Valve-Body ‘Kibbles & Bits’ - Transmission Digest

Valve-Body ‘Kibbles & Bits’

In all the years of building transmissions, I think the worst thing that could happen is having the R&R guy, manager or owner come back after a road test and tell you, “It’s not working.” All of a sudden you get this knot-in-your-stomach feeling that makes you wish this were not really happening.
Valve-Body ‘Kibbles & Bits’

Shift Pointers

Subject: Valve-body problems and solutions
Unit: Honda BAXA, MAXA, B7XA; Ford 5R55W, 5R55N, 4R55E/5R55E, 5R110W
Essential Reading: Rebuilder, Diagnostician, R & R
Author: Pete Luban, ATSG Technical Supervisor

Shift Pointers

  • Subject: Valve-body problems and solutions
  • Unit: Honda BAXA, MAXA, B7XA; Ford 5R55W, 5R55N, 4R55E/5R55E, 5R110W
  • Essential Reading: Rebuilder, Diagnostician, R & R
  • Author: Pete Luban, ATSG Technical Supervisor

In all the years of building transmissions, I think the worst thing that could happen is having the R&R guy, manager or owner come back after a road test and tell you, “It’s not working.” All of a sudden you get this knot-in-your-stomach feeling that makes you wish this were not really happening.

So you take the vehicle for a ride to see what it’s doing; maybe it needs a minor adjustment or more fluid, or it’s an engine problem – anything but MY transmission.

Once you admit to yourself that it doesn’t work right, you come to the determination that it’s a valve-body problem – not so bad; at least the unit doesn’t have to come out, which makes the R&R guys happy even though they’re not thrilled about handling a hot valve body.

Of course, depending on what it takes to get the valve body out, it could be another story. In some instances, I’m sure the R&R guys would rather pull the unit out.

All this brings us to some valve-body problems that have been coming across the ATSG tech line lately. Some problems are man made, but others just happen.

The first problem is found on Honda Accords with the BAXA/MAXA transaxle hooked to the four-cylinder engine or with the B7XA behind the V-6 engine.

TCC slip or cycling with the possibility of storing code P0740 in a BAXA/MAXA/B7XA may be caused by leaving out the lockup-control-valve sleeve. Figures 1 and 2 show the sleeve and valve lineup.

The steel sleeve can roll away while the valve body is on the bench, disassembled, for cleaning purposes. Since the lockup-control valve is one of the valves responsible for controlling the rate of lockup-release oil, leaving this sleeve out can reduce converter-clutch backpressure, resulting in the complaints mentioned.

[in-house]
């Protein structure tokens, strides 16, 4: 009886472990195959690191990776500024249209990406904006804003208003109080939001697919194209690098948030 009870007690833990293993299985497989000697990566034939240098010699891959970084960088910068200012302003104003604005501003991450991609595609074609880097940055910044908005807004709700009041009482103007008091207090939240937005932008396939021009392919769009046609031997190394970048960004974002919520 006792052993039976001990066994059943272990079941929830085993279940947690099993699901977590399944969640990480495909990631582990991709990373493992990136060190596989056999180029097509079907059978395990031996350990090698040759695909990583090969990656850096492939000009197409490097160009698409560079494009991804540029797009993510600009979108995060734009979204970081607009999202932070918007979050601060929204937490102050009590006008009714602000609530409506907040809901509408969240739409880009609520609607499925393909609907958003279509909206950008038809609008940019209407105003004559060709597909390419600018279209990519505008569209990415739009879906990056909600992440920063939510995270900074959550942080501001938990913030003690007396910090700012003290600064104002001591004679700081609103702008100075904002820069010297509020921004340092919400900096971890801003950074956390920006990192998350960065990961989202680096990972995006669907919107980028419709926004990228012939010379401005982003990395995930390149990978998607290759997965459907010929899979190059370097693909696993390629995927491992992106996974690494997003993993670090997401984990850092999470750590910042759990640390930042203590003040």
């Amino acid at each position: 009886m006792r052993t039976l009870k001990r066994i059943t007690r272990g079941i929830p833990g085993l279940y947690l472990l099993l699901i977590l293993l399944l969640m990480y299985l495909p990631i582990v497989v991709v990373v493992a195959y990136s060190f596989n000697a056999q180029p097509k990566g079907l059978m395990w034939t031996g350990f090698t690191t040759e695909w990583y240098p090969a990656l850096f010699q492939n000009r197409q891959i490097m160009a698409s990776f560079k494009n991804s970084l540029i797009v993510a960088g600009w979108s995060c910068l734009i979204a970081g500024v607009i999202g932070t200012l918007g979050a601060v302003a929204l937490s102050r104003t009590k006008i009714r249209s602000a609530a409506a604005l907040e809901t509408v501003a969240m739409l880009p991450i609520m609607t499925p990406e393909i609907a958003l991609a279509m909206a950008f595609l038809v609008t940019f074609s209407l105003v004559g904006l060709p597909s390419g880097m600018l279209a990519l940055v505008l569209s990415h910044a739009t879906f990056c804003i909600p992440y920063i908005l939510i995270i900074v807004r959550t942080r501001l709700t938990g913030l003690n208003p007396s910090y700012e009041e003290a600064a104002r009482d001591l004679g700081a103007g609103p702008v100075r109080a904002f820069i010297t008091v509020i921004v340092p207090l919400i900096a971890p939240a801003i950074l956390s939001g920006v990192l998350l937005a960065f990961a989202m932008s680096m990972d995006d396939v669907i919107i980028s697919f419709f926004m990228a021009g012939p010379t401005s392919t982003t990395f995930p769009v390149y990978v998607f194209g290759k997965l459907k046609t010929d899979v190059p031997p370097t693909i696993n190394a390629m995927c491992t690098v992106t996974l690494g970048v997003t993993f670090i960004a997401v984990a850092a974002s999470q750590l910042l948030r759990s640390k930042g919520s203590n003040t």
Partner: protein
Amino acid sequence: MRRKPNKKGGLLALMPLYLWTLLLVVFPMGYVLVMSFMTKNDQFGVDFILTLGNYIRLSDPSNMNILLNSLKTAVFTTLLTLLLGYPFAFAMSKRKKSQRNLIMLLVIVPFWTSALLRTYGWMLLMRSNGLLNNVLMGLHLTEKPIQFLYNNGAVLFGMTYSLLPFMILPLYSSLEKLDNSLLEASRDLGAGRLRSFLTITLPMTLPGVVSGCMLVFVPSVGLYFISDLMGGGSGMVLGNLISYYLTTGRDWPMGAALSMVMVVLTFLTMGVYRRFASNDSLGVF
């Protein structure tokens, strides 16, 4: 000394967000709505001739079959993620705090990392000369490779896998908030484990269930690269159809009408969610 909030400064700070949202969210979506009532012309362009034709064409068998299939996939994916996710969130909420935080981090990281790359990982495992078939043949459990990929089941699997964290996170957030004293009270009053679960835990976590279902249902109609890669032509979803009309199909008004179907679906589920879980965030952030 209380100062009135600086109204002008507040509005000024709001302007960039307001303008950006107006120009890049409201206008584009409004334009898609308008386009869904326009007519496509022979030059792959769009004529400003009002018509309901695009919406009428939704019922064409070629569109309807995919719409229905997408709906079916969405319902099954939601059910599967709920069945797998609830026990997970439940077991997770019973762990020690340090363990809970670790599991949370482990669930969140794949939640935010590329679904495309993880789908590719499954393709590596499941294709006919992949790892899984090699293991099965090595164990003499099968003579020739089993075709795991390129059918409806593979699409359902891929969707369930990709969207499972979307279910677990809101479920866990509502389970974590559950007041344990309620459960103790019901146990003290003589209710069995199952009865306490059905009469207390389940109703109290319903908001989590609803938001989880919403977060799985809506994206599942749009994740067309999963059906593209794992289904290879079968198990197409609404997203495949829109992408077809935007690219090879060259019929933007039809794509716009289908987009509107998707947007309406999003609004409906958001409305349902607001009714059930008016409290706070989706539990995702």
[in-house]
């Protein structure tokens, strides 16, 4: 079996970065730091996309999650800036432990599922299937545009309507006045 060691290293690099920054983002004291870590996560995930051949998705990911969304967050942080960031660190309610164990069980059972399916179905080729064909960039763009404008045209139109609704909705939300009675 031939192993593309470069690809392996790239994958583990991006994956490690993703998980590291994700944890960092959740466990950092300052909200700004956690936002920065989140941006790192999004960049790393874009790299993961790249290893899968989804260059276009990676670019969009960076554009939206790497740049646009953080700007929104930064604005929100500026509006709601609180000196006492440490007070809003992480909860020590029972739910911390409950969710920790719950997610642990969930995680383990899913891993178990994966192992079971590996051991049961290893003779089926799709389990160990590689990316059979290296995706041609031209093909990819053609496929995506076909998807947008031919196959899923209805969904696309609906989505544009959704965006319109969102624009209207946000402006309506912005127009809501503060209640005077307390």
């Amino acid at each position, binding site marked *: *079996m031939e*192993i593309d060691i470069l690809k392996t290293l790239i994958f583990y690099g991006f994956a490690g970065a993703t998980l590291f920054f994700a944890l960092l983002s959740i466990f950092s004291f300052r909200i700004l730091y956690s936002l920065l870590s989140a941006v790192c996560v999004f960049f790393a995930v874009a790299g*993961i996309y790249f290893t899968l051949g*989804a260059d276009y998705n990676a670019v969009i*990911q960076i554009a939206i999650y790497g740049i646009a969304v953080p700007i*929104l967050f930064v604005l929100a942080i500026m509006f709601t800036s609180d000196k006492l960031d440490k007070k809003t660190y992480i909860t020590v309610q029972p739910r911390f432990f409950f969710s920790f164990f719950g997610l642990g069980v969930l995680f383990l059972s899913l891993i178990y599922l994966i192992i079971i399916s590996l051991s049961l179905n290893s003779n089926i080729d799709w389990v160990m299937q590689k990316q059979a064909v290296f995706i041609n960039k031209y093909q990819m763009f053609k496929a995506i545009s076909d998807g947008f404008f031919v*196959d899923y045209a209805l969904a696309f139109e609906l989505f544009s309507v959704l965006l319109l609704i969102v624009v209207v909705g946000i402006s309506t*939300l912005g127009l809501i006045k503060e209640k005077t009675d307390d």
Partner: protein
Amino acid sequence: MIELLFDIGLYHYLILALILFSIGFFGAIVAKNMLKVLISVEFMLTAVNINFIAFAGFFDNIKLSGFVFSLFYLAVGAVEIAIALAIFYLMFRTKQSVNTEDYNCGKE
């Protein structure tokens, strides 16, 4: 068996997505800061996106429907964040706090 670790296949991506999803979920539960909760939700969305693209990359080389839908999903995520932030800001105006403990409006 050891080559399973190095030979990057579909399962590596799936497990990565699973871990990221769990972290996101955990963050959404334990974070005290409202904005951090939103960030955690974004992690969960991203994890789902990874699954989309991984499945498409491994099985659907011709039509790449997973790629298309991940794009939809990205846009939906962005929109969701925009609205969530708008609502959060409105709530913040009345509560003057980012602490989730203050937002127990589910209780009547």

While we’re on the subject of code P0740 – this is one of the most-common calls we get – one of the more-common causes is leakage of the lockup-control-valve bore plug (see Figure 3).

The best way to fix a leaking bore plug is to machine a groove in the plug and install an O-ring in that groove. If this method is not available, you can always use your tubing cutter to cut a ridge in the bore plug, as shown in Figure 4, so the plug fits tighter in the bore. However, this may not last as long as the O-ring fix would.

Be aware that the BAXA/MAXA also has a sleeve on the 3-4 orifice control valve, in the secondary valve-body section. Leaving this sleeve out can cause a poor or flared 3-4 shift.

The B7XA has one of these sleeves on the reverse CPC valve, in the main valve-body section. Leaving this sleeve out would certainly cause slipping or a shudder in reverse.

Our next valve-body kibble concerns the Ford 4/5R55E family of transmissions. The bore plug for the 2-3 shift valve is held in place by the solenoid retaining bracket that holds the EPC, SS2 and coast clutch solenoids by means of a hook at the end of the bracket that hooks around a knob on the bore plug as shown in Figure 5.

What sometimes happens is, while struggling with the positioning of the bracket, you may not pay attention to the hook position. It then ends up on top of the bore plug instead of around the knob, pushing the 2-3 shift valve in too far (see Figure 6).

When the valve body is installed this way, the 2-3 shift valve will block oil to the reverse servo by positioning the spool of the valve in the way of the oil, which normally travels between the spools on its way to the servo, resulting in a no-reverse condition.

Our next valve-body bit comes under the heading of #@&* happens. In this particular example, the transmission is the 5R55W. The fluid was severely burnt, lockup did not work and a P0741 code was stored. Once the unit was rebuilt and installed with a reman converter, code P0741 returned during the road test.

To make a long story short, because code P0741 is never a short story, the cause of the problem was the thermo-bypass valve, shown in Figure 7. The valve is supposed to open when the ATF warms and allow oil flow through the cooler. When the fluid is cold the thermo valve bypasses the cooler and directs flow to the lube circuit. This is necessary for two reasons: One is to allow oil flow to lube the gear train in the event the fluid in the cooler has jelled. Those who live in places that get colder than a brass monkey know what I mean. The other reason is that should the cooler become blocked, fluid will still circulate through the transmission, thereby saving the hard parts.

In a 5R55W the thermo valve is in a sleeve. It flops around in this sleeve, which is normal; it doesn’t fit snugly as other valves do. It also affects lockup operation because it is in the same bore as the lockup-control valve (see Figure 8).

Other Ford transmissions, such as the 5R55N, 4R/5R55E and 5R110W (it’s in the pump), also have this valve. A cooler-flow check should reveal a problem if the thermo valve does not open.

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